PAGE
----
Imposter Syndrome (SoGv2 - 52)

Imposter Syndrome (SoGv2 - 52)

Hello! Evening!

Pop Quiz
What is common to Albert Einstein, Neil Gaiman, Neil Armstrong, Maya Angelou, Michelle Obama, Tom Hanks, and even Social Scientists?
Answer?
All of them believed that at some point in time in their lives that they suffered from Imposter Syndrome!

And that ladies and gents, is the thing for the day!

Imposter Syndrome.

So, what is it?
Before that, lemme tell you a story.

Let's talk about this hypothetical person, Amit (because, probably the most common name in India). Amit is about 15 years out of business school and works at an MNC and has risen fast and gets daily accolades from tons of people for his work. Travels the world for work, gets respect in his community, has a loving family. In one life, he is living the Indian Dream!

But because Bindu (not the most common name, but a name that starts from B) is doing better than Amit (same pedigree, same work, and yet higher rank than Amit), Amit is miserable.

On a standalone basis, Amit is doing fantastic. He is the first guy in his family to have reached a point where he has two houses, two cars, two kids, two servants, two sources of passive income streams et al. But is miserable because he sees others doing better than him.

You see the problem here?

You could call this phenomenon a lot of things (competitive insecurity, divinely discontent, stress, self-esteem issues, anxiety, insecurity, etc) but I believe Amit’s story is the best example of Imposter Syndrome. Amit believes that he does not deserve all the things he's got!

And that ladies and gents, is Imposter Syndrome. While we are it, see this cartoon as well.



So, what is it, really?
Wikipedia says Impostor syndrome is a psychological pattern in which an individual doubts their accomplishments and has a persistent fear of being exposed as a "fraud”. Despite external evidence of their competence, those experiencing this phenomenon remain convinced that they are frauds, and do not deserve all they have achieved. Individuals with impostorism incorrectly attribute their success to luck, or as a result of deceiving others into thinking they are more intelligent than they perceive themselves to be.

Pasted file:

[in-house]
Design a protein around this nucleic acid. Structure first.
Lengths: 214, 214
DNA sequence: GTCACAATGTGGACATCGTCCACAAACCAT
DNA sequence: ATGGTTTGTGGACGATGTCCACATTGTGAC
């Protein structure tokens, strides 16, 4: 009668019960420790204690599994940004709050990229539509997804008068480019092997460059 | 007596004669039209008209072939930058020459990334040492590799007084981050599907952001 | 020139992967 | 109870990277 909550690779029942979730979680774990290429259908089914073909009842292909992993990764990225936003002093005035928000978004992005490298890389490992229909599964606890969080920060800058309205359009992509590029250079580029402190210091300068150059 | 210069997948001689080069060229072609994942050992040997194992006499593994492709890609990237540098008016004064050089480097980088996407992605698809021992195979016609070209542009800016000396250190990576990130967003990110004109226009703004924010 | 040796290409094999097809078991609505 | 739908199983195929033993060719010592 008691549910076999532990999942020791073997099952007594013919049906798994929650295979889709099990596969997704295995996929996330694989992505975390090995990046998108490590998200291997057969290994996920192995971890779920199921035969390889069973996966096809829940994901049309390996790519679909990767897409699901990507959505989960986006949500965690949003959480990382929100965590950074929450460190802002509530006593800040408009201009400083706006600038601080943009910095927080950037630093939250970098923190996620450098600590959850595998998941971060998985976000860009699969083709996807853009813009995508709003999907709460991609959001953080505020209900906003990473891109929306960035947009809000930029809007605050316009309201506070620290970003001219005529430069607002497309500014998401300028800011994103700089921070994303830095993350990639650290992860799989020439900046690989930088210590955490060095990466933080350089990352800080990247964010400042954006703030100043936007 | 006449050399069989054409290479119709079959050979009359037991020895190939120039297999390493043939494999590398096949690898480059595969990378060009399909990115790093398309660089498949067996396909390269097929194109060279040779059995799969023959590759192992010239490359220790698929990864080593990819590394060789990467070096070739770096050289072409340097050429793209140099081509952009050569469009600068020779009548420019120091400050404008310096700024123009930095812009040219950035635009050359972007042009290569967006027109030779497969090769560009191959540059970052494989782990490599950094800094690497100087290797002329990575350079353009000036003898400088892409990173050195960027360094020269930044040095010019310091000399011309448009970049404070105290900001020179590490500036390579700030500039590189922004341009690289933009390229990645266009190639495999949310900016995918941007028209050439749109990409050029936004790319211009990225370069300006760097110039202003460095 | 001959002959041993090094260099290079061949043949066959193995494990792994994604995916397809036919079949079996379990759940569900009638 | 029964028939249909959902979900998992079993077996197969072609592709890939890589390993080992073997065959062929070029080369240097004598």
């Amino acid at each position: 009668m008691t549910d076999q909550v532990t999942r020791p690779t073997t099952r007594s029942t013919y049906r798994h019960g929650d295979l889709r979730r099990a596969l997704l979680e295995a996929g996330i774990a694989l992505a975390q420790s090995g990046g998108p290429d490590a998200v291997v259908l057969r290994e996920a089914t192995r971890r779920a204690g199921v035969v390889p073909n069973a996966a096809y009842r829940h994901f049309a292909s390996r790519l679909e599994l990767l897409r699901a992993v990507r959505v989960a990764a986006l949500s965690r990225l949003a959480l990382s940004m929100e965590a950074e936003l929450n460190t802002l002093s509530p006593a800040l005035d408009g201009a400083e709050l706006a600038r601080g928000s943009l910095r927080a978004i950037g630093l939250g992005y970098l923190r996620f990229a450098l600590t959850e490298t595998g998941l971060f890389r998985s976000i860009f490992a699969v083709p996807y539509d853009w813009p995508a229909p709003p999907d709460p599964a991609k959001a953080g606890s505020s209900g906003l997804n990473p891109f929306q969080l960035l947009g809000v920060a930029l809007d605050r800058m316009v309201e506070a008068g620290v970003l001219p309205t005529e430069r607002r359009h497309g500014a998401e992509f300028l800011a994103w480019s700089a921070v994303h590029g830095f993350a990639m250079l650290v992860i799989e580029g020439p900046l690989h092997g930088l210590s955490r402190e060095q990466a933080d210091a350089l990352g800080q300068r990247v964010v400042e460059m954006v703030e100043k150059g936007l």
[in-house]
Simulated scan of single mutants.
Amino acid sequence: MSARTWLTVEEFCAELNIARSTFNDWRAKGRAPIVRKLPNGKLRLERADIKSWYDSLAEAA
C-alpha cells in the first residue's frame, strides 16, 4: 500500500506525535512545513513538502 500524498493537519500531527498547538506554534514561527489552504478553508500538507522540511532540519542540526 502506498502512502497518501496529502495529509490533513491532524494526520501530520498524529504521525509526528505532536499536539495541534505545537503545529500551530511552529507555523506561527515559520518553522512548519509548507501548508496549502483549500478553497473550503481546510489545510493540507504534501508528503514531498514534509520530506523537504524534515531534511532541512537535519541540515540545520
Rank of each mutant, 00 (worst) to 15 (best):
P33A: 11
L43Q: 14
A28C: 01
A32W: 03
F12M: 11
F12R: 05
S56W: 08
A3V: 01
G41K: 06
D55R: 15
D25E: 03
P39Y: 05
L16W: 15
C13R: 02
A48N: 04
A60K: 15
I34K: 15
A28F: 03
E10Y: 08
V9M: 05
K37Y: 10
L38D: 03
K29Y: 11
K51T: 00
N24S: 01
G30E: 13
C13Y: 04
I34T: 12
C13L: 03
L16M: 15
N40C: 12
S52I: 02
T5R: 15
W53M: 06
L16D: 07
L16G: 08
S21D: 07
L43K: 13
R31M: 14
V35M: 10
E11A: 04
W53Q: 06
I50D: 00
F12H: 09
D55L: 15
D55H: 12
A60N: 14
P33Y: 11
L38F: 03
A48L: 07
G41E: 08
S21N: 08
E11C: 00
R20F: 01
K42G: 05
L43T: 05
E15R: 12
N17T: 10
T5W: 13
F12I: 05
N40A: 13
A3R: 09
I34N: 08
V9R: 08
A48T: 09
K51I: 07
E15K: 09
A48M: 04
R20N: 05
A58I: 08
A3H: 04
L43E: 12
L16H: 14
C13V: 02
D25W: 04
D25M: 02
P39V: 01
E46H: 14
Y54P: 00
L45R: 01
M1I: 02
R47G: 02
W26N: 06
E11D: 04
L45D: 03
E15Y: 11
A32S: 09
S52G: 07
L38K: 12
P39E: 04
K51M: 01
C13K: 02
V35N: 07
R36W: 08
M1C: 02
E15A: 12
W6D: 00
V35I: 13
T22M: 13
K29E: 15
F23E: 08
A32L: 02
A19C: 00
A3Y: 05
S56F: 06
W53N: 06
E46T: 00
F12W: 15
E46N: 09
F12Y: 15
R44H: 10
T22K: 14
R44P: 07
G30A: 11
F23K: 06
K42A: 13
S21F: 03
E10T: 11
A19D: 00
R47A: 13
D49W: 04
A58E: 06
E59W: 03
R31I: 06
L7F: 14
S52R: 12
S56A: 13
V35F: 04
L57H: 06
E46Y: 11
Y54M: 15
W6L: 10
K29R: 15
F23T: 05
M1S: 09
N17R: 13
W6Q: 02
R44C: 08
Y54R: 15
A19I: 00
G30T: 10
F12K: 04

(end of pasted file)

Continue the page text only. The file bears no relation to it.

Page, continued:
Ok, that was too scientific and verbose. To me, an imposter is someone who pretends to be someone that he is not.

Extrapolate to our example of Amit and Imposter Syndrome is thus the feeling that achievers (people who’ve done a lot) get when they doubt their capabilities about their achievements. They feel like outsiders, frauds, imposters. They feel that they don't deserve all the accolades that they are being showered on. They are anxious and fearful that they will get caught someday and everything they have will be taken away.

Why is it important to know of?
A. It is apparently very prevalent in a lot of high-achieving people around me. All the Amits I know deserve all the success and fame and they've worked hard for it. And every time I try to tell them that they need to get out of the clouds of sadness around them, they have eloquent answers to describe how they don't deserve the success. Of course, some Chirags got lucky.

B. Social Media has made us a lot of Amit-ish. We constantly question our achievements. We look at glitzy life of others on SM (specifically Instagram and Facebook) and often lament about how our lives are drab and everyone else seems to be traveling the world and holidaying at fancy places and have happy, healthy kids et al. We can't see the point that SM has been designed to induce jealousy. Plus, while we see neverending photos of people enjoying their lives, we miss seeing that these are the best posts from various people (and not one) in one stream. No one person can be on such a dopamine-induced fog unless you are Dan.

C. Apart from just Bindu and Chirag, Amit sees almost everyone in his apartment complex, in his office, in his gym, in his club, in his WhatsApp groups and everywhere else enjoying their lives. While their lives are glitzier than Amit, Amit forgets that from the lens of his 4domestic helps (nanny, driver, cook, etc), his life is glitzy af! No wonder, in comparison is all misery.

The antidote to the Imposter Syndrome?
I am no expert on this but I think the best way to get out of this constant competition and rat race is to maintain a journal and evaluate if you are better than what you were yesterday.

The question you need to ask yourself is, do you spend each day bettering yourself and your skills? See this simple equation...



So, rather than talking to various people and getting jealous of what they do and considering yourself as a fraud, how about comparing yourself of today to yourself of yesterday? And if you see a tangible improvement, voila!

Apart from this, these are some things that have been proven to help overcome it. See...

1. Talk about it!
To someone senior to you that is independent and is not invested in you. It will help get an unbiased opinion. If you are good, they will tell you so. And if you are not, you will know that you are lucky and then you start enjoying life :D.